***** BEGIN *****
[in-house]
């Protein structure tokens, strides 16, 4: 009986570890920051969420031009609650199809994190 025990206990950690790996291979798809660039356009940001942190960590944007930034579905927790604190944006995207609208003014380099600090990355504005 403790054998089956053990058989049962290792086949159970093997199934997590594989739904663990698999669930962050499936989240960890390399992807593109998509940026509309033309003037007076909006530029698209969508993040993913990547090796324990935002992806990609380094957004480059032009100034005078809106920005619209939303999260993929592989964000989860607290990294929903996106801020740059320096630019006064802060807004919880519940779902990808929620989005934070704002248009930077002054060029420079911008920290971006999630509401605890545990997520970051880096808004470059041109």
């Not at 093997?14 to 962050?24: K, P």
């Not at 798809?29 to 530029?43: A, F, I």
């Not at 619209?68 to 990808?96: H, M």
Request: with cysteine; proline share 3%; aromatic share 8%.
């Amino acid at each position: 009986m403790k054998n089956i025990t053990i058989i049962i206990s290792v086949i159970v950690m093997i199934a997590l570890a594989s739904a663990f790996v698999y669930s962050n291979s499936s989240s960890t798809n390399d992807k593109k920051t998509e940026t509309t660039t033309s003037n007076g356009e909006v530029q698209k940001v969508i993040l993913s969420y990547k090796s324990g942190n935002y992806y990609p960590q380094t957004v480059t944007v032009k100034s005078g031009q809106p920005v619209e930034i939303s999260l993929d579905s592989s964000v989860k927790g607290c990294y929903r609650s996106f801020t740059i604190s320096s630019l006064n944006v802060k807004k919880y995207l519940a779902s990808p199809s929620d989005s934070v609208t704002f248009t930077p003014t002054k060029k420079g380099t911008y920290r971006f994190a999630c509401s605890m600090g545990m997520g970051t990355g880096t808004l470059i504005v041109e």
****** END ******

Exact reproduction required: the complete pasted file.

[in-house]
């Protein structure tokens, strides 16, 4: 009986570890920051969420031009609650199809994190 025990206990950690790996291979798809660039356009940001942190960590944007930034579905927790604190944006995207609208003014380099600090990355504005 403790054998089956053990058989049962290792086949159970093997199934997590594989739904663990698999669930962050499936989240960890390399992807593109998509940026509309033309003037007076909006530029698209969508993040993913990547090796324990935002992806990609380094957004480059032009100034005078809106920005619209939303999260993929592989964000989860607290990294929903996106801020740059320096630019006064802060807004919880519940779902990808929620989005934070704002248009930077002054060029420079911008920290971006999630509401605890545990997520970051880096808004470059041109």
């Not at 093997?14 to 962050?24: K, P």
């Not at 798809?29 to 530029?43: A, F, I």
């Not at 619209?68 to 990808?96: H, M």
Request: with cysteine; proline share 3%; aromatic share 8%.
């Amino acid at each position: 009986m403790k054998n089956i025990t053990i058989i049962i206990s290792v086949i159970v950690m093997i199934a997590l570890a594989s739904a663990f790996v698999y669930s962050n291979s499936s989240s960890t798809n390399d992807k593109k920051t998509e940026t509309t660039t033309s003037n007076g356009e909006v530029q698209k940001v969508i993040l993913s969420y990547k090796s324990g942190n935002y992806y990609p960590q380094t957004v480059t944007v032009k100034s005078g031009q809106p920005v619209e930034i939303s999260l993929d579905s592989s964000v989860k927790g607290c990294y929903r609650s996106f801020t740059i604190s320096s630019l006064n944006v802060k807004k919880y995207l519940a779902s990808p199809s929620d989005s934070v609208t704002f248009t930077p003014t002054k060029k420079g380099t911008y920290r971006f994190a999630c509401s605890m600090g545990m997520g970051t990355g880096t808004l470059i504005v041109e």